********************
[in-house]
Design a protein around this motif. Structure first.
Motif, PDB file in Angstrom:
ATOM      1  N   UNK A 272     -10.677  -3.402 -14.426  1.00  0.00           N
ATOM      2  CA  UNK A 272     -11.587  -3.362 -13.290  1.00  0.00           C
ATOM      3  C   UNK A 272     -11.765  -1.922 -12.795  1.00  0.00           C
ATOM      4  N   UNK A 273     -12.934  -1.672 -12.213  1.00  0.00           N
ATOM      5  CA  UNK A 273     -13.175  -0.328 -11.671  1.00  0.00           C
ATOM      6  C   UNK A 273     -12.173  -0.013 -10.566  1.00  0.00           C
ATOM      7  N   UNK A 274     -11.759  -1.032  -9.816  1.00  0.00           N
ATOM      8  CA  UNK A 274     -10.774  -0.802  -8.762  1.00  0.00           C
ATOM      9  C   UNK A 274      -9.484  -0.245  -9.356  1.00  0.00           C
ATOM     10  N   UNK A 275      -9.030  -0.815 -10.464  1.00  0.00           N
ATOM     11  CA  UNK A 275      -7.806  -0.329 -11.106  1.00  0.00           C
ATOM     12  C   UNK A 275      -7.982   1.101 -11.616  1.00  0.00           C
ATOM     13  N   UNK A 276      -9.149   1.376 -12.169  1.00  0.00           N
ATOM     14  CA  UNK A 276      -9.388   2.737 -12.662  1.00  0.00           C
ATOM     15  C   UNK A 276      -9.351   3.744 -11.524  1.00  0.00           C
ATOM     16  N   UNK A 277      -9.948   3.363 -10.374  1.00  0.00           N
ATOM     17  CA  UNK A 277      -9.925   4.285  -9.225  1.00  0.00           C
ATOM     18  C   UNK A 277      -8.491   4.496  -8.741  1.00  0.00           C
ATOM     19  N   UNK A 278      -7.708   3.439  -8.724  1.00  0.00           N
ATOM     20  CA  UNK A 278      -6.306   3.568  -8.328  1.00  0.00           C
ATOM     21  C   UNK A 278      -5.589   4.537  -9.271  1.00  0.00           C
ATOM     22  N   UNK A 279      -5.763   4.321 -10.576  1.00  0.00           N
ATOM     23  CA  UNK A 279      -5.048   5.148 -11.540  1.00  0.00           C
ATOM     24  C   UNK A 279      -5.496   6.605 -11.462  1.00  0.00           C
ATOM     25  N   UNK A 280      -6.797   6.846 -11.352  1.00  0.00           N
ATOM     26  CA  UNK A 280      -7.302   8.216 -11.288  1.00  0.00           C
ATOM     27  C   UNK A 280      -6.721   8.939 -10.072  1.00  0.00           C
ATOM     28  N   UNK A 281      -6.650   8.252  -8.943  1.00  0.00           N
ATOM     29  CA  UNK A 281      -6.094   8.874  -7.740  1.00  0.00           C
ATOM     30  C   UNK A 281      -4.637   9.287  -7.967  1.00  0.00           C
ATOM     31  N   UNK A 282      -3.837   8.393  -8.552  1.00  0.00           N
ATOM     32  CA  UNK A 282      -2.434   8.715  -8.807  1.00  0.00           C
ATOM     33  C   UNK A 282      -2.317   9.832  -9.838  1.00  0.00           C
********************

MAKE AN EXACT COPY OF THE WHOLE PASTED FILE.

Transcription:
[in-house]
Design a protein around this motif. Structure first.
Motif, PDB file in Angstrom:
ATOM      1  N   UNK A 272     -10.677  -3.402 -14.426  1.00  0.00           N
ATOM      2  CA  UNK A 272     -11.587  -3.362 -13.290  1.00  0.00           C
ATOM      3  C   UNK A 272     -11.765  -1.922 -12.795  1.00  0.00           C
ATOM      4  N   UNK A 273     -12.934  -1.672 -12.213  1.00  0.00           N
ATOM      5  CA  UNK A 273     -13.175  -0.328 -11.671  1.00  0.00           C
ATOM      6  C   UNK A 273     -12.173  -0.013 -10.566  1.00  0.00           C
ATOM      7  N   UNK A 274     -11.759  -1.032  -9.816  1.00  0.00           N
ATOM      8  CA  UNK A 274     -10.774  -0.802  -8.762  1.00  0.00           C
ATOM      9  C   UNK A 274      -9.484  -0.245  -9.356  1.00  0.00           C
ATOM     10  N   UNK A 275      -9.030  -0.815 -10.464  1.00  0.00           N
ATOM     11  CA  UNK A 275      -7.806  -0.329 -11.106  1.00  0.00           C
ATOM     12  C   UNK A 275      -7.982   1.101 -11.616  1.00  0.00           C
ATOM     13  N   UNK A 276      -9.149   1.376 -12.169  1.00  0.00           N
ATOM     14  CA  UNK A 276      -9.388   2.737 -12.662  1.00  0.00           C
ATOM     15  C   UNK A 276      -9.351   3.744 -11.524  1.00  0.00           C
ATOM     16  N   UNK A 277      -9.948   3.363 -10.374  1.00  0.00           N
ATOM     17  CA  UNK A 277      -9.925   4.285  -9.225  1.00  0.00           C
ATOM     18  C   UNK A 277      -8.491   4.496  -8.741  1.00  0.00           C
ATOM     19  N   UNK A 278      -7.708   3.439  -8.724  1.00  0.00           N
ATOM     20  CA  UNK A 278      -6.306   3.568  -8.328  1.00  0.00           C
ATOM     21  C   UNK A 278      -5.589   4.537  -9.271  1.00  0.00           C
ATOM     22  N   UNK A 279      -5.763   4.321 -10.576  1.00  0.00           N
ATOM     23  CA  UNK A 279      -5.048   5.148 -11.540  1.00  0.00           C
ATOM     24  C   UNK A 279      -5.496   6.605 -11.462  1.00  0.00           C
ATOM     25  N   UNK A 280      -6.797   6.846 -11.352  1.00  0.00           N
ATOM     26  CA  UNK A 280      -7.302   8.216 -11.288  1.00  0.00           C
ATOM     27  C   UNK A 280      -6.721   8.939 -10.072  1.00  0.00           C
ATOM     28  N   UNK A 281      -6.650   8.252  -8.943  1.00  0.00           N
ATOM     29  CA  UNK A 281      -6.094   8.874  -7.740  1.00  0.00           C
ATOM     30  C   UNK A 281      -4.637   9.287  -7.967  1.00  0.00           C
ATOM     31  N   UNK A 282      -3.837   8.393  -8.552  1.00  0.00           N
ATOM     32  CA  UNK A 282      -2.434   8.715  -8.807  1.00  0.00           C
ATOM     33  C   UNK A 282      -2.317   9.832  -9.838  1.00  0.00           C